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Old 26-08-2016, 02:05   #1
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How is this Possible?

We have a Yanmar 100hp turbo diesel and a Westerbeke 10kw genset, each is running just fine. We had the shipyard clean out both heat exchangers last winter in off-season. Both systems then run through an exhaust separator so the water from the exhaust comes out below the waterline and the diesel exhaust above the waterline.

Here's what I can't figure out.... When I run the generator, more and more coolant builds up inside the Yanmar engine then drips out via the coolant overflow chamber. When the Yanmar engine runs by itself... No problem, the Yanmar coolant level remains constant. When I run the generator, the coolant level in the engine rises then overflows, drip, drip, drip. Somewhere, water is being added to the coolant system and is then dripping out via the Yanmar overflow chamber.

I can't understand where the water is coming from, any help will be appreciated.

Neither engine is running hot or overheating when this takes place. The Westerbeke overflow chamber remains at a constant level.

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Old 26-08-2016, 02:55   #2
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Re: How is this Possible?

Quote:
Originally Posted by Kenomac View Post
We have a Yanmar 100hp turbo diesel and a Westerbeke 10kw genset, each is running just fine. We had the shipyard clean out both heat exchangers last winter in off-season. Both systems then run through an exhaust separator so the water from the exhaust comes out below the waterline and the diesel exhaust above the waterline.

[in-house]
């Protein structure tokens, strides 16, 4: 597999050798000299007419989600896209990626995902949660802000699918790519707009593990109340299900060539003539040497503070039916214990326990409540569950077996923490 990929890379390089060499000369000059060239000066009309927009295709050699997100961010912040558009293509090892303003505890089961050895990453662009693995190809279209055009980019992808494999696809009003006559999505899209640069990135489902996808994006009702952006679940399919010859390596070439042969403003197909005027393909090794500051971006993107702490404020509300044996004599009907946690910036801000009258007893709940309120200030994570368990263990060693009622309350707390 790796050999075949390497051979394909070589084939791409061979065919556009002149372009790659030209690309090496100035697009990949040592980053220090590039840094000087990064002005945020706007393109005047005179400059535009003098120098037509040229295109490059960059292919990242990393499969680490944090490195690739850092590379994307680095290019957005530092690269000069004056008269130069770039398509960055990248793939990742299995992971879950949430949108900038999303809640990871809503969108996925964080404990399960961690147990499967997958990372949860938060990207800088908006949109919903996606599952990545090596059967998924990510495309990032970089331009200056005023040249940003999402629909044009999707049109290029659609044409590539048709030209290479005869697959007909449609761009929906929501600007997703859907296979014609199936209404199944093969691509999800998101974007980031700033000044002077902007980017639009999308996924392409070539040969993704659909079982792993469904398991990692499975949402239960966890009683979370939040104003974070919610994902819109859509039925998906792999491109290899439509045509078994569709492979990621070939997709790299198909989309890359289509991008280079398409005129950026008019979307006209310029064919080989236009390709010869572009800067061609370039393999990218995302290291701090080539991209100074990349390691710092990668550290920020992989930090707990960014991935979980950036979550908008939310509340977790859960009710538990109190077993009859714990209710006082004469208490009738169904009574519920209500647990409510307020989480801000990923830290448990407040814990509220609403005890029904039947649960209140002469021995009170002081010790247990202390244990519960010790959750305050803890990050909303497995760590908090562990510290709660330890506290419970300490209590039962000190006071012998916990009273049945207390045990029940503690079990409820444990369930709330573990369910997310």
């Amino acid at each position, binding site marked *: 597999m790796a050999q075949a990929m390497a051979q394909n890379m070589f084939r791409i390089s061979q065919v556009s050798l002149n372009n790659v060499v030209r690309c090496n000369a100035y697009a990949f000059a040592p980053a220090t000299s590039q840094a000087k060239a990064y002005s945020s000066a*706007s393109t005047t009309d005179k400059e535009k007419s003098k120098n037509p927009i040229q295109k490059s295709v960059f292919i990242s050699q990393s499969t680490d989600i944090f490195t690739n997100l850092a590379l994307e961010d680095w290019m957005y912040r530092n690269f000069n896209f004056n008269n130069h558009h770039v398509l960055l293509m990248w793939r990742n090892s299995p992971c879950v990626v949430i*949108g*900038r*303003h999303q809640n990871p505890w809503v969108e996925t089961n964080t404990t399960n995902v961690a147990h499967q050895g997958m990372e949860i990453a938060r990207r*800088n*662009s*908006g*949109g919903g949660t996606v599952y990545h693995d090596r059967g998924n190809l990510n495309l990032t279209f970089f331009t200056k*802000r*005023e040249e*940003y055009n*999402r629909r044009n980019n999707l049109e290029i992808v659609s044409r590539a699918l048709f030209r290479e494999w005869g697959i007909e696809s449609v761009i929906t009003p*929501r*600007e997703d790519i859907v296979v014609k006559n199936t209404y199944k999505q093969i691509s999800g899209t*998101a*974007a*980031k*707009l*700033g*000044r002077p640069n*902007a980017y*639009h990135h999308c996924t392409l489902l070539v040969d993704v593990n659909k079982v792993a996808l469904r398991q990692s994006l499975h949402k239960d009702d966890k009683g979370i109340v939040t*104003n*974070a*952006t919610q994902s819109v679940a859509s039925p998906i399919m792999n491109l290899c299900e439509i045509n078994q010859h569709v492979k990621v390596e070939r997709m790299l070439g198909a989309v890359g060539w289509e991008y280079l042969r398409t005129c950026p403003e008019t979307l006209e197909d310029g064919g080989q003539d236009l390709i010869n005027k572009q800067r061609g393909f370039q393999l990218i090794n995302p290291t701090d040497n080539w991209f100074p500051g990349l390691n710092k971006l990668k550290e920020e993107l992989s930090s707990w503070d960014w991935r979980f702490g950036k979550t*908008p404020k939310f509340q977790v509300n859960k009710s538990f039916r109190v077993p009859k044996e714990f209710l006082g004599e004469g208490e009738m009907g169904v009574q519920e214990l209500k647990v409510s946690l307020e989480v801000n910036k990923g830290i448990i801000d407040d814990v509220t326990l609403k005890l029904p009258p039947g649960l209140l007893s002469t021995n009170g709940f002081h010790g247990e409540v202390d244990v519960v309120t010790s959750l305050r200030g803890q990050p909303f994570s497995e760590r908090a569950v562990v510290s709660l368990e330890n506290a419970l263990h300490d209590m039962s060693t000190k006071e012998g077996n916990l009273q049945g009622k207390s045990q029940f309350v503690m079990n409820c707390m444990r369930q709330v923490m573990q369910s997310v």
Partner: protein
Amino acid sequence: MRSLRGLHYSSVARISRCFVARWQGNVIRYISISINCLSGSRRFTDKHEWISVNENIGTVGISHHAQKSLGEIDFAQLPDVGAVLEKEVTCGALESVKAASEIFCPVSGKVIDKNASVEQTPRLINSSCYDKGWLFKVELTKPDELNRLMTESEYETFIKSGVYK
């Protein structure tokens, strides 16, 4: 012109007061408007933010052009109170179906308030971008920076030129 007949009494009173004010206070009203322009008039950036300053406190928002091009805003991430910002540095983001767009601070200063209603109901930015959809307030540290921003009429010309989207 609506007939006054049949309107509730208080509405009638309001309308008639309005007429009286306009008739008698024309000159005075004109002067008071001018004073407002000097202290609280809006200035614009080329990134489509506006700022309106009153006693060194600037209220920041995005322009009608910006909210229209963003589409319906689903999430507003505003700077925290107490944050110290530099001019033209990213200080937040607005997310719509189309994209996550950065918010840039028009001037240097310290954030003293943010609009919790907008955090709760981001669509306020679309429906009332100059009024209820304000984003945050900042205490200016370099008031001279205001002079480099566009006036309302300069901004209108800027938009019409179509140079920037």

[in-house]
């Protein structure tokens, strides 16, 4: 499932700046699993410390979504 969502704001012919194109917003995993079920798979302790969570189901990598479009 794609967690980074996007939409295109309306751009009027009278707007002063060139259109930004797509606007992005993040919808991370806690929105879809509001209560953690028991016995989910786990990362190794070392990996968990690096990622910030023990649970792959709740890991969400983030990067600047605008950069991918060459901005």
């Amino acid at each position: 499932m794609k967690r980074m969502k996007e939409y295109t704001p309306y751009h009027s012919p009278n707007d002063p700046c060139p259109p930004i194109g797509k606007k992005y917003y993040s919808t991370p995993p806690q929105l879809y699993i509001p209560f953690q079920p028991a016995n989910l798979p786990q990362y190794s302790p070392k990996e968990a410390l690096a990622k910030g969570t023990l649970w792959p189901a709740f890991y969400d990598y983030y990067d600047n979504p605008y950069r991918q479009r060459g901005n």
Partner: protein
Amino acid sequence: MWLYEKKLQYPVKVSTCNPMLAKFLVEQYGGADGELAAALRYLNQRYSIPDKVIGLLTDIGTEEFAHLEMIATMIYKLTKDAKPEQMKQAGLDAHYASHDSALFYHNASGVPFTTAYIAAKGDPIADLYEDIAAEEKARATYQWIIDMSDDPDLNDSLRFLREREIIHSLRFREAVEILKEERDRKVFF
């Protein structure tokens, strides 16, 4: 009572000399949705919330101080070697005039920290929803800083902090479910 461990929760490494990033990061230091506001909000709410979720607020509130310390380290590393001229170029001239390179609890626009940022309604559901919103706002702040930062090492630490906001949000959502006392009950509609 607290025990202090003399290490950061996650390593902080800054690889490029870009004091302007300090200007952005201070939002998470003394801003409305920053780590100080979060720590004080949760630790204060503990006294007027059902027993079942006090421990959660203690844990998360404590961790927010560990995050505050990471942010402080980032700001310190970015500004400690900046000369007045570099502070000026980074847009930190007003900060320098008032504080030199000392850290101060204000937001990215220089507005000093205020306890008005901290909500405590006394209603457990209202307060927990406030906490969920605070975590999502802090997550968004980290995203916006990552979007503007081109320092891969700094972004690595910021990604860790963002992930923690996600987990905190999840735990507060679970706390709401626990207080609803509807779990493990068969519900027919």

Here's what I can't figure out.... When I run the generator, more and more coolant builds up inside the Yanmar engine then drips out via the coolant overflow chamber. When the Yanmar engine runs by itself... No problem, the Yanmar coolant level remains constant. When I run the generator, the coolant level in the engine rises then overflows, drip, drip, drip. Somewhere, water is being added to the coolant system and is then dripping out via the Yanmar overflow chamber.

I can't understand where the water is coming from, any help will be appreciated.

Neither engine is running hot or overheating when this takes place. The Westerbeke overflow chamber remains at a constant level.
If the only point of mutuality in terms of water is the exhaust separator, then somehow the water is syphoning back into the Yanmar. Try leaving the lid off the the Yanmar overflow chamber whilst running the generator. Smell the water in the overflow tanks and see if it smells diesel... and feel it if is greasy. Other than that, disconnect the generator from the exhaust separator and see..